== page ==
About this Book
- Reports a worldwide study on the mechanisms of radiation induced damage at the molecular level
- Addresses the biomedical aspects of radiation effects and reviews DNA damage repair
- Describes novel developments in radiation research and radiotherapy
Since the discovery of X-rays and radioactivity, ionizing radiations have been widely applied in medicine both for diagnostic and therapeutic purposes. The risks associated with radiation exposure and handling led to the parallel development of the field of radiation protection.
Pioneering experiments done by Sanche and co-workers in 2000 showed that low-energy secondary electrons, which are abundantly generated along radiation tracks, are primarily responsible for radiation damage through successive interactions with the molecular constituents of the medium. Apart from ionizing processes, which are usually related to radiation damage, below the ionization level low-energy electrons can induce molecular fragmentation via dissociative processes such as internal excitation and electron attachment. This prompted collaborative projects between different research groups from European countries together with other specialists from Canada, the USA and Australia.
This book summarizes the advances achieved by these research groups after more than ten years of studies on radiation damage in biomolecular systems.
The book will be of interest to researchers and advanced students in the fields of radiation physics, chemistry and radiation therapy.
Content Level » Research
Keywords » Biomedical aspects of radiation - Canopus - Medical applications - Molecular fragmentation - Radiation Biophysics - Radiation damage reviewed - Radiation exposure - Radiation induced damage - Radiation therapy
Related subjects » Applied & Technical Physics - Biophysics & Biological Physics - Environmental Sciences - Radiology
Table of Contents
Part I Radiation Induced Damage at the Molecular Level
1: Nanoscale Dynamics of Radiosensitivity: Role of Low Energy Electrons.- 2: The Role of Secondary Electrons in Radiation Damage.- 3: Electron Transfer-Induced Fragmentation in (Bio)Molecules by Atom-Molecule.- 4: Following Resonant Compound States after Electron Attachment.- 5: Electron–Biomolecule Collision Studies Using the Schwinger Multichannel Method.- 6: Resonances in Electron Collisions with Small Biomolecules Using the R-Matrix Method.- 7: A Multiple-Scattering Approach to Electron Collisions with Small Molecular Clusters.- 8: Positronium Formation and Scattering from Biologically Relevant Molecules.- 9: Total Cross Sections for Positron Scattering from Bio-Molecules.- 10: Soft X-ray Interaction with Organic Molecules of Biological Interest.- 11: Ion-Induced Radiation Damage in Biomolecular Systems.- 12: Theory and Calculation of Stopping Cross Sections of Nucleobases for Swift Ions.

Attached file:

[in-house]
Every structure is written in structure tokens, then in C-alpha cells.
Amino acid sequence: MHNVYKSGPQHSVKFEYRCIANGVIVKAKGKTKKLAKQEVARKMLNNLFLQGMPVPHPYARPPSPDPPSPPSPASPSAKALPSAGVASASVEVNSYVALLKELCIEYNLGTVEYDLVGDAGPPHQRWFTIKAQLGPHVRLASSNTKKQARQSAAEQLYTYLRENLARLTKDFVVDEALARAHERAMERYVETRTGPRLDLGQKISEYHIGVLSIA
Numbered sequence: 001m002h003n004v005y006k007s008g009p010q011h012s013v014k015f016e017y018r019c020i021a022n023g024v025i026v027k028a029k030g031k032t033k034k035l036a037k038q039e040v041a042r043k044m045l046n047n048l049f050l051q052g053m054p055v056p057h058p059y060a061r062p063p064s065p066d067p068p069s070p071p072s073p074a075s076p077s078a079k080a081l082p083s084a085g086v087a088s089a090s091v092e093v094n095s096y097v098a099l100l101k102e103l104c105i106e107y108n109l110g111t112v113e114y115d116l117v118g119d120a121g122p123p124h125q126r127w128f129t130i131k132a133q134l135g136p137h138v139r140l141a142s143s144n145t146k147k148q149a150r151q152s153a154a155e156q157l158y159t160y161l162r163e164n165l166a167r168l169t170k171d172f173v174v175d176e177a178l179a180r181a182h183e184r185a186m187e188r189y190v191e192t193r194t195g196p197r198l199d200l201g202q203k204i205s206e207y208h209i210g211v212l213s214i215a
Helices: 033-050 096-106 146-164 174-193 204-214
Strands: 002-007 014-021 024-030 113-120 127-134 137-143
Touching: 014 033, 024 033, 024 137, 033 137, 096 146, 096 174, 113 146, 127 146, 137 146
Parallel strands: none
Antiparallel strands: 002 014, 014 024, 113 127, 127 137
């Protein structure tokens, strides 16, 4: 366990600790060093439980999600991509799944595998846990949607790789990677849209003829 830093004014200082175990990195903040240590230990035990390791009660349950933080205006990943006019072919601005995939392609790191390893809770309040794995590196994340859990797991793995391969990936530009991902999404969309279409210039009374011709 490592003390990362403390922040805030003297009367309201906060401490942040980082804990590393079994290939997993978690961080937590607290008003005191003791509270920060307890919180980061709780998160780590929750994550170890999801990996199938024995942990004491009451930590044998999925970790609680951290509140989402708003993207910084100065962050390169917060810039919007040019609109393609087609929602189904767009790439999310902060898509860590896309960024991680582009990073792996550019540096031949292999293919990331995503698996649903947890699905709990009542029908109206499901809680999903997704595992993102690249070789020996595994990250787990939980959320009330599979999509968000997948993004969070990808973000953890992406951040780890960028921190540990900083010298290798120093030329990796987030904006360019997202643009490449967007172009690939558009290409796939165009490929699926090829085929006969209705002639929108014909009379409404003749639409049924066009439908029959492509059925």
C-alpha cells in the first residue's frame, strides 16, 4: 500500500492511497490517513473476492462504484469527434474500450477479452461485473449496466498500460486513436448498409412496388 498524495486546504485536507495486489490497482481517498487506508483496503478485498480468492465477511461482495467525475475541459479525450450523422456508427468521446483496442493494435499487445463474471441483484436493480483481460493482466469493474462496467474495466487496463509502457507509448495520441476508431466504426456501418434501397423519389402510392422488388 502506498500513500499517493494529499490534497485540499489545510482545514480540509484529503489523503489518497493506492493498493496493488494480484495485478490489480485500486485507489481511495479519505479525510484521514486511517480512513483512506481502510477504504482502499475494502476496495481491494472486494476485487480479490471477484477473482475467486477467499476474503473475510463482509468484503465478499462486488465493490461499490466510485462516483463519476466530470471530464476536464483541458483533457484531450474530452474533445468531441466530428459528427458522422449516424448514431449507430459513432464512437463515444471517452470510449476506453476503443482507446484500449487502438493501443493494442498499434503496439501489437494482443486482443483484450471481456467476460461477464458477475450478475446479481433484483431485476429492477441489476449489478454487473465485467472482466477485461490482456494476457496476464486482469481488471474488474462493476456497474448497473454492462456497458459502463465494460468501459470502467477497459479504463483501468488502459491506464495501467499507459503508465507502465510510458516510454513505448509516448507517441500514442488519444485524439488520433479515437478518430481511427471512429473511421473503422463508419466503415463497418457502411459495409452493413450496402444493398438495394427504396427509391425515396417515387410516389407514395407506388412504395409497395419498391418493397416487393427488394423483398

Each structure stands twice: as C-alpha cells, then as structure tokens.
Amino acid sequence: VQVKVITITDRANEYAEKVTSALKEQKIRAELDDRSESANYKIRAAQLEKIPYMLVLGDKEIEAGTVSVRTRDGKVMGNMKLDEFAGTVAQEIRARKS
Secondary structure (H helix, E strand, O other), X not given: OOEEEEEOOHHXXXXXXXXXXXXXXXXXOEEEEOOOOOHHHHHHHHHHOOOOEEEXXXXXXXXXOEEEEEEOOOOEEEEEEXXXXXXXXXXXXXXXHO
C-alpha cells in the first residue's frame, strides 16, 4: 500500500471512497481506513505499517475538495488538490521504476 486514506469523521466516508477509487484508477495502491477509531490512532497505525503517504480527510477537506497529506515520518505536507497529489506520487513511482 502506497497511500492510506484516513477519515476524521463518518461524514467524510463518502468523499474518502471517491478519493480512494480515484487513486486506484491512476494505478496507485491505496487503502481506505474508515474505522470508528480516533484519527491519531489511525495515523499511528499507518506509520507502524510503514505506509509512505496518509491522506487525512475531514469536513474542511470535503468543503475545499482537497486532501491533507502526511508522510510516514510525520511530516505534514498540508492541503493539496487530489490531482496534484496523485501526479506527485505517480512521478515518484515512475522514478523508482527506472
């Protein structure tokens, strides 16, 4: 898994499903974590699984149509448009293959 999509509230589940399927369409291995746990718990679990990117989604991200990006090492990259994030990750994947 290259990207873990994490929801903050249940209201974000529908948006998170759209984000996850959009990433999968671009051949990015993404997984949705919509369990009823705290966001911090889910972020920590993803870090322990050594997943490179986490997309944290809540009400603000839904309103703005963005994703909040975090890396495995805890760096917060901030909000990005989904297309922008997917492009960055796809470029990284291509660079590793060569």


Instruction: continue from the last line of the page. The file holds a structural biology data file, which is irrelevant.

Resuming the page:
Part II Modelling Radiation Damage
13: Monte Carlo Methods to Model Radiation Interactions and Induced Damage.- 14: Positron and Electron Interactions and Transport in Biological Media.- 15: Energy Loss of Swift Protons in LiquidWater: Role of Optical Data Input and Extension Algorithms.- 16: Quantum-Mechanical Contributions to Numerical Simulations of Charged Particle Transport at the DNA Scale.- 17: Multiscale Approach to Radiation Damage Induced by Ions.- 18: Track-Structure Monte Carlo Modelling in X-ray and Megavoltage Photon Radiotherapy.- 19: Simulation of Medical Linear Accelerators with PENELOPE.
Part III Biomedical Aspects of Radiation Effects
20: Repair of DNA Double-Strand Breaks.- 21: Differentially Expressed Genes Associated with Low-Dose Gamma Radiation.- 22: Chromosome Aberrations by Heavy Ions.- 23: Spatial and Temporal Aspects of Radiation Response in Cell and Tissue Models.- 24: Therapeutic Applications of Ionizing Radiations.- 25: Optimized Molecular Imaging through Magnetic Resonance for Improved Target Definition in Radiation Oncology.
Part IV Future Trends in Radiation Research and its Applications
26: Medical Applications of Synchrotron Radiation.- 27: Photodynamic Therapy.- 28: Auger Emitting Radiopharmaceuticals for Cancer Therapy.- 29: Using a matrix approach in nonlinear beam dynamics for optimizing beam spot size.- 30 Future Particle Accelerator Developments for Radiation Therapy.